A weekly wrap up of interesting news about virtual worlds, virtual goods and other social media.
This week, the FBI landed a crushing blow on all of the online poker sites that are advertised nightly in the United States. Individuals involved with internet gambling companies PokerStars, Full Tilt Poker and Absolute Poker were indicted for bank fraud, money laundering,
and illegal gambling and sued in a companion civil suit that seeks at least $3 billion in forfeitures and penalties.
Building on HP’s Unified Communications and Collaboration Services portfolio for the enterprise, HP and Avaya today announced a strategic offering that provides banks with a customer-centric, humanizing element for assisted self-service.
The concept of religious ritual is so deeply embedded in our social fabric that it is natural for it to have made the leap to virtuality. And it hasn’t just reared its head in worlds such as Second Life. Social networks, including Facebook, have active and close-knit communities of religious followers of all creeds, gathering in what science writer Margaret Wertheim described in her 1999 book, The Pearly Gates of Cyberspace, as “a new kind of realm for the mind”.
Virtual thieves can sell stolen points in online forums or on eBay, or they can try to exchange points for rewards. However, most online retailers,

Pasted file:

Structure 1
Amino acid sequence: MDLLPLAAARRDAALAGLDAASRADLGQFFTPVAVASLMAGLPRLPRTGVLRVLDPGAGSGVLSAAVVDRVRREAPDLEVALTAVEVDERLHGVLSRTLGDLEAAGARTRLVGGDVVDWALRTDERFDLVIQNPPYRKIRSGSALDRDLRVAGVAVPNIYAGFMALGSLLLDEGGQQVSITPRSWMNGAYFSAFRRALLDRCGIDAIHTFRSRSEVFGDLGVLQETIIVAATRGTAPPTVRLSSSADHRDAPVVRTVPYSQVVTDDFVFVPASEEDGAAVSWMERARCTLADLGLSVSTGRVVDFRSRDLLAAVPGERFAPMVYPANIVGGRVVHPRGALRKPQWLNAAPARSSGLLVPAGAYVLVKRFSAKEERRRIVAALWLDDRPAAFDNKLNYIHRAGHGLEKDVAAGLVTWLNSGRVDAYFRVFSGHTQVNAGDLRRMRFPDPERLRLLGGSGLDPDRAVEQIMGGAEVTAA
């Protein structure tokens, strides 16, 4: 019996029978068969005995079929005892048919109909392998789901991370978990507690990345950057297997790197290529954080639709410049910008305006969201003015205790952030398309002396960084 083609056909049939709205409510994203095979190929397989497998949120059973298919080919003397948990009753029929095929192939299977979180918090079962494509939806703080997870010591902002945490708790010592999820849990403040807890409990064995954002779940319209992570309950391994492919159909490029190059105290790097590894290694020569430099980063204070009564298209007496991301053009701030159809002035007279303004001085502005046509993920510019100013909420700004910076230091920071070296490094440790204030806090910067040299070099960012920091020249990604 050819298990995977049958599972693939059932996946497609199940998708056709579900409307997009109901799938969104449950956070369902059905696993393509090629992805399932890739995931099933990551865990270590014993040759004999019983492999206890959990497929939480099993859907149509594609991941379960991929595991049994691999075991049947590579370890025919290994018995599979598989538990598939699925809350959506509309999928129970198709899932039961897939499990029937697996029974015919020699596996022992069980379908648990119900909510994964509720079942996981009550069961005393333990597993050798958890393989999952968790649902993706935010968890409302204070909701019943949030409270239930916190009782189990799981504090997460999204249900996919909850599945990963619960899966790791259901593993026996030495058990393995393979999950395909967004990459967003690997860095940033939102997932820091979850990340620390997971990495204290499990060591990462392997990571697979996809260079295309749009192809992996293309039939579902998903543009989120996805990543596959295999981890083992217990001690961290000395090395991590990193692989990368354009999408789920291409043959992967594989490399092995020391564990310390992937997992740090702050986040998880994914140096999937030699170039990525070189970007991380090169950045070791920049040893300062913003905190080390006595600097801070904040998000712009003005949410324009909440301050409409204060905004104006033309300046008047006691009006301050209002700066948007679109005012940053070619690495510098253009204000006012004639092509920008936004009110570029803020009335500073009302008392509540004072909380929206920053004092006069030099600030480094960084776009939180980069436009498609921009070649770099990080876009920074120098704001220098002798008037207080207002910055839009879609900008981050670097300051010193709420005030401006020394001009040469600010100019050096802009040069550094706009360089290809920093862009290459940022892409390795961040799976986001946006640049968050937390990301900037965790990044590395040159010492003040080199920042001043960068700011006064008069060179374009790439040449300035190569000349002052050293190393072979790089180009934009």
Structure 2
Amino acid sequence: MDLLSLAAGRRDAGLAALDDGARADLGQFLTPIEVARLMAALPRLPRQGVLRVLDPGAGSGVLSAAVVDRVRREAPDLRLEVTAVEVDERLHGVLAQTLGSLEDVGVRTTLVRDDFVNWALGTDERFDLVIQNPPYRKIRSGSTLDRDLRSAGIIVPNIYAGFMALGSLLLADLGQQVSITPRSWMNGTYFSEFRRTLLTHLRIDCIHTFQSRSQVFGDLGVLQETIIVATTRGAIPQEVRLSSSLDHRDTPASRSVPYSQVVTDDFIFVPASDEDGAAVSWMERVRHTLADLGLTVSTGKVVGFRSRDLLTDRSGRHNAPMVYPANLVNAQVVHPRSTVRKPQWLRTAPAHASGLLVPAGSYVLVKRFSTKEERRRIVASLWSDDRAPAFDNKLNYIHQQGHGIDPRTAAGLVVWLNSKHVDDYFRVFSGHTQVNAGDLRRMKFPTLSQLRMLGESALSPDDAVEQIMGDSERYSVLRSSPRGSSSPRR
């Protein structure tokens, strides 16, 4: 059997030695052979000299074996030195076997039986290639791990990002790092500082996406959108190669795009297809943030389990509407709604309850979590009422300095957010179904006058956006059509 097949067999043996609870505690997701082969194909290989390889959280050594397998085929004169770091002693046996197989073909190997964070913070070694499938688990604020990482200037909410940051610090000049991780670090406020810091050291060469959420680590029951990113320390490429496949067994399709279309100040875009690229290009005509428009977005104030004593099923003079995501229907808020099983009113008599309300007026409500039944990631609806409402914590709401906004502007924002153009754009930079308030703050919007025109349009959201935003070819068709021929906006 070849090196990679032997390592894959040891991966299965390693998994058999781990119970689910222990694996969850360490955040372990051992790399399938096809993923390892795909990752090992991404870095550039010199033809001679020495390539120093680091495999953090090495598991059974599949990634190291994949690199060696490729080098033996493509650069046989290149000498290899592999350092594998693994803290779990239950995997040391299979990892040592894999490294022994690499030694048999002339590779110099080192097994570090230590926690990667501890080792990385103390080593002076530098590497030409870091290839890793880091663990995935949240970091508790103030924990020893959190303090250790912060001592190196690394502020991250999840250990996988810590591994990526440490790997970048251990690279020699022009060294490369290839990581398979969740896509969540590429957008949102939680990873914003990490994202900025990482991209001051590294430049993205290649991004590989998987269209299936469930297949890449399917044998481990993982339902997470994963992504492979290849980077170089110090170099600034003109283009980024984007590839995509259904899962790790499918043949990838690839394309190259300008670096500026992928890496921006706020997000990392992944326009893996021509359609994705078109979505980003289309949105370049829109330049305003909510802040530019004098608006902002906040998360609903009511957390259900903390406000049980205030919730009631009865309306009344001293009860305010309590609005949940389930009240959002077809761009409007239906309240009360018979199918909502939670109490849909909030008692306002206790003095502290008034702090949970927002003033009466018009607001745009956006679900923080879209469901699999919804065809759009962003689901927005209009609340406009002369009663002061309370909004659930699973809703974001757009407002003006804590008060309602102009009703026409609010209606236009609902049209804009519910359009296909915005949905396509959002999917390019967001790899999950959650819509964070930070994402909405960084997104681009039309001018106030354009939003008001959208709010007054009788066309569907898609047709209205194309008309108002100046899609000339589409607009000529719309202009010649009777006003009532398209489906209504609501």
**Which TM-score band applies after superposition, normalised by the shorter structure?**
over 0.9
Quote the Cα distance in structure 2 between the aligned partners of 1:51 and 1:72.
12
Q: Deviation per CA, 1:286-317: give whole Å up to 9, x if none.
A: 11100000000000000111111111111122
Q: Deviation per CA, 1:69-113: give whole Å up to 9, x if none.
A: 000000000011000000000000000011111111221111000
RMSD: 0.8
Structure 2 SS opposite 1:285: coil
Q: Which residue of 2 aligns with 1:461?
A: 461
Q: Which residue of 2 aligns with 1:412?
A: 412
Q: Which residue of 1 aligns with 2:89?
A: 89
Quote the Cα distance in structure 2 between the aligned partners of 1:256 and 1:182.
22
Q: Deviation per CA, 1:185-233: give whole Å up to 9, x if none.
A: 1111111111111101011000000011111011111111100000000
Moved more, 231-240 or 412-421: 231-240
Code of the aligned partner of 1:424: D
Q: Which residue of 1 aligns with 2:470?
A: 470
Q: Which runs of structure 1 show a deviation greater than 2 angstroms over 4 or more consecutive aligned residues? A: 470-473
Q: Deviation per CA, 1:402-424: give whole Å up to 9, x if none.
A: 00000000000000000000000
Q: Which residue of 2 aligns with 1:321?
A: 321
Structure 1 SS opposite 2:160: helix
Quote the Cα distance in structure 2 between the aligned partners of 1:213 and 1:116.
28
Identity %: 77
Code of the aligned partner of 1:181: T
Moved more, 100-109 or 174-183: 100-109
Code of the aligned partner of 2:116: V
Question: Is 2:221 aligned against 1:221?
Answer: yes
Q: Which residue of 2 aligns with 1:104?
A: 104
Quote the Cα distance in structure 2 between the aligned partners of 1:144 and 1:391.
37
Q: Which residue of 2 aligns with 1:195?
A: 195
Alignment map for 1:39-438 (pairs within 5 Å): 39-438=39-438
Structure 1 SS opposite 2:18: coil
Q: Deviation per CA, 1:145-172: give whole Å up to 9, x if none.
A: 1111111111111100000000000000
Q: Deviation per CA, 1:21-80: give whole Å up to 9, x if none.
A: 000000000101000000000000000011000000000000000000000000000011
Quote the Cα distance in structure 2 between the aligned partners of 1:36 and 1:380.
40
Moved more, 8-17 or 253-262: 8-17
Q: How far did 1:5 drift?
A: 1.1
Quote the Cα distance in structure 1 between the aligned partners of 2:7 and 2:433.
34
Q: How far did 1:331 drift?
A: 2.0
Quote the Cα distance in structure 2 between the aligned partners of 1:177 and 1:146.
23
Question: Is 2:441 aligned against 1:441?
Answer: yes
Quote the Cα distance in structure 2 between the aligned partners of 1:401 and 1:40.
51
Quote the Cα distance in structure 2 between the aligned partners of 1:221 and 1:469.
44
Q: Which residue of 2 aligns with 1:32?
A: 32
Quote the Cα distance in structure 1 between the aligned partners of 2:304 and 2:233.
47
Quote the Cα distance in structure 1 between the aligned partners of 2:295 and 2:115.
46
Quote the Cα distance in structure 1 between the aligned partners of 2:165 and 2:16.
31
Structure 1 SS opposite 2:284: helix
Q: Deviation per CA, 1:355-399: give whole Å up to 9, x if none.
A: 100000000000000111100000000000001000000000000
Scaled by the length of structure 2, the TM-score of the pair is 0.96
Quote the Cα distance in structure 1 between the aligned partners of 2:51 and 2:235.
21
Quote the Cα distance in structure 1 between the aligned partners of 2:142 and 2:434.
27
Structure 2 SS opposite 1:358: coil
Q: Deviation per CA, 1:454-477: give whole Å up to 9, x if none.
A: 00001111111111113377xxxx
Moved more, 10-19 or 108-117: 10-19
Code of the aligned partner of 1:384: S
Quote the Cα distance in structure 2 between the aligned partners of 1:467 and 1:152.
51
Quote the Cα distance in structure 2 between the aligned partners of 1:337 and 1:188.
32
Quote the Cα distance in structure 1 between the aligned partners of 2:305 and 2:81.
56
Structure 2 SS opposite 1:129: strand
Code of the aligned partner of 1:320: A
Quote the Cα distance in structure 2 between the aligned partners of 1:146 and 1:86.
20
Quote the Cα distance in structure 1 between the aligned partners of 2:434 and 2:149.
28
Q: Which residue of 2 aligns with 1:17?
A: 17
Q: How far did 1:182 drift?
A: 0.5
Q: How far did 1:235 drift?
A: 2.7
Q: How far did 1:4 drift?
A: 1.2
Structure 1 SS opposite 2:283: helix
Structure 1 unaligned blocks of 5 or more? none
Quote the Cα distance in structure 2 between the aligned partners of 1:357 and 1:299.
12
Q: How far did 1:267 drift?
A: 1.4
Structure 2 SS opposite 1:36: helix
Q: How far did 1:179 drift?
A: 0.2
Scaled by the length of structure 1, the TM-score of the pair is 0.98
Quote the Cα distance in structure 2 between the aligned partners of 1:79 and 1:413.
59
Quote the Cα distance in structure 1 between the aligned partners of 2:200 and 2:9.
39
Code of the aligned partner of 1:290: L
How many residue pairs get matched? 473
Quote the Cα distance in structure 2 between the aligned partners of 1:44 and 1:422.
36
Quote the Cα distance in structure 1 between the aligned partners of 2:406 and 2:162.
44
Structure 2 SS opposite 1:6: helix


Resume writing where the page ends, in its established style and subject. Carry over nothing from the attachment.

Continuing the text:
social media, and gaming websites recognize the thieves’ behavior patterns when cashing in stolen points. By analyzing the history of the device being used to access a website, the website’s operator can prevent fraudulent transactions.
Parks Associates, an internationally recognized market research and consulting company specializing in emerging consumer technology products and services,
forecasts revenues in the social gaming market will increase by five times from 2010 to 2015, due in large part to advertising revenues and sales of virtual items. These factors already pushed revenues over $1 billion in 2010.
FNB’s eBucks Buy 19 Million KMs of Fuel
In December 2009, members of eBucks, First National Bank’s rewards programme, were given the ability to pay for fuel with eBucks, FNB’s virtual currency, at participating Engen service stations around South Africa. Since then, FNB has enabled eBucks’
members to fill up on fuel to the value of over R13m at participating Engen service stations – which is enough fuel to drive almost 20 million kilometres or – more accurately – to make 25 trips to the moon driving an average family sedan.
The National Science Foundation has awarded $297,929 to a multi-disciplinary team from Indiana University and Arizona State University. The award supports on-going research concerned with the use of computer-generated 3D virtual environments by business and educational enterprises.
Virtual currency isn’t just for gamers any longer. New data from Jun Group indicates that video viewers are also interested in virtual currency. According to their report on incentivized social video, virtual currency is pushing consumers to watch more video content in the social space.